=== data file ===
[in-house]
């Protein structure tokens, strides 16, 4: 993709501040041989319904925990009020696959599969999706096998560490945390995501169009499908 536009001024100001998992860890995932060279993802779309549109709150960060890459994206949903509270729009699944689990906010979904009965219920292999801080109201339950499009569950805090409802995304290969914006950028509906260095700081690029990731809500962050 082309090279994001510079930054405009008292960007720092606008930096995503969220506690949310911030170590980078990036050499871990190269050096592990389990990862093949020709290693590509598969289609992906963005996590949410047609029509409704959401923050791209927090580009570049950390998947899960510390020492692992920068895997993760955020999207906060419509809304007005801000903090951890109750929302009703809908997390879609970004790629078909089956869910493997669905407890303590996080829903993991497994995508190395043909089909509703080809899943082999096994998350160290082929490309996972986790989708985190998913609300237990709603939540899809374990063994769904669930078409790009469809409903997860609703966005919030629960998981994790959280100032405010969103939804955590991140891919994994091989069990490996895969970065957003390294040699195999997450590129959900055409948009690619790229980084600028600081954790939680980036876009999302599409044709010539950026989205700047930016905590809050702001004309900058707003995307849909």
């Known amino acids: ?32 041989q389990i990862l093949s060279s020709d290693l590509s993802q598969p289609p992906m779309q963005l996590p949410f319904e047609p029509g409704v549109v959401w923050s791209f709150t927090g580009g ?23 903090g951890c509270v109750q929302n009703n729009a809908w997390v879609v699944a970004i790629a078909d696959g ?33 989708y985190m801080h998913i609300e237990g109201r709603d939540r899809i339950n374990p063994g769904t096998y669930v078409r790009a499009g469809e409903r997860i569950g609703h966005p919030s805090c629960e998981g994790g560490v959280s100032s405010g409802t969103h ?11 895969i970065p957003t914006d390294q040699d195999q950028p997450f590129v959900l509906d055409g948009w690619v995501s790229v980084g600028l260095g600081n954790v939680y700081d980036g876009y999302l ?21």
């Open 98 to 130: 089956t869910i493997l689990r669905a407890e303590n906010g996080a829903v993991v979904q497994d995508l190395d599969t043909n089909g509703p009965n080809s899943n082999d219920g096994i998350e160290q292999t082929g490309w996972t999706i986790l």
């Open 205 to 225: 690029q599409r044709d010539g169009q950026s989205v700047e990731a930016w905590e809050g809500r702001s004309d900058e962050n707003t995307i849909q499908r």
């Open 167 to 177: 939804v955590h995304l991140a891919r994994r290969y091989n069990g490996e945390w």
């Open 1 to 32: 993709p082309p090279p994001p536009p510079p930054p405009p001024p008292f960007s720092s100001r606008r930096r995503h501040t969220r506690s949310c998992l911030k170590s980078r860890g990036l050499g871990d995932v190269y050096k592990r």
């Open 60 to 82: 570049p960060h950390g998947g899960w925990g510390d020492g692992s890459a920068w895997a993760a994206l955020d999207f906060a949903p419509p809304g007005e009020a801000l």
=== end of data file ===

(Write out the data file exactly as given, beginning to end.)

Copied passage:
[in-house]
């Protein structure tokens, strides 16, 4: 993709501040041989319904925990009020696959599969999706096998560490945390995501169009499908 536009001024100001998992860890995932060279993802779309549109709150960060890459994206949903509270729009699944689990906010979904009965219920292999801080109201339950499009569950805090409802995304290969914006950028509906260095700081690029990731809500962050 082309090279994001510079930054405009008292960007720092606008930096995503969220506690949310911030170590980078990036050499871990190269050096592990389990990862093949020709290693590509598969289609992906963005996590949410047609029509409704959401923050791209927090580009570049950390998947899960510390020492692992920068895997993760955020999207906060419509809304007005801000903090951890109750929302009703809908997390879609970004790629078909089956869910493997669905407890303590996080829903993991497994995508190395043909089909509703080809899943082999096994998350160290082929490309996972986790989708985190998913609300237990709603939540899809374990063994769904669930078409790009469809409903997860609703966005919030629960998981994790959280100032405010969103939804955590991140891919994994091989069990490996895969970065957003390294040699195999997450590129959900055409948009690619790229980084600028600081954790939680980036876009999302599409044709010539950026989205700047930016905590809050702001004309900058707003995307849909």
């Known amino acids: ?32 041989q389990i990862l093949s060279s020709d290693l590509s993802q598969p289609p992906m779309q963005l996590p949410f319904e047609p029509g409704v549109v959401w923050s791209f709150t927090g580009g ?23 903090g951890c509270v109750q929302n009703n729009a809908w997390v879609v699944a970004i790629a078909d696959g ?33 989708y985190m801080h998913i609300e237990g109201r709603d939540r899809i339950n374990p063994g769904t096998y669930v078409r790009a499009g469809e409903r997860i569950g609703h966005p919030s805090c629960e998981g994790g560490v959280s100032s405010g409802t969103h ?11 895969i970065p957003t914006d390294q040699d195999q950028p997450f590129v959900l509906d055409g948009w690619v995501s790229v980084g600028l260095g600081n954790v939680y700081d980036g876009y999302l ?21």
């Open 98 to 130: 089956t869910i493997l689990r669905a407890e303590n906010g996080a829903v993991v979904q497994d995508l190395d599969t043909n089909g509703p009965n080809s899943n082999d219920g096994i998350e160290q292999t082929g490309w996972t999706i986790l």
């Open 205 to 225: 690029q599409r044709d010539g169009q950026s989205v700047e990731a930016w905590e809050g809500r702001s004309d900058e962050n707003t995307i849909q499908r």
């Open 167 to 177: 939804v955590h995304l991140a891919r994994r290969y091989n069990g490996e945390w």
């Open 1 to 32: 993709p082309p090279p994001p536009p510079p930054p405009p001024p008292f960007s720092s100001r606008r930096r995503h501040t969220r506690s949310c998992l911030k170590s980078r860890g990036l050499g871990d995932v190269y050096k592990r």
């Open 60 to 82: 570049p960060h950390g998947g899960w925990g510390d020492g692992s890459a920068w895997a993760a994206l955020d999207f906060a949903p419509p809304g007005e009020a801000l």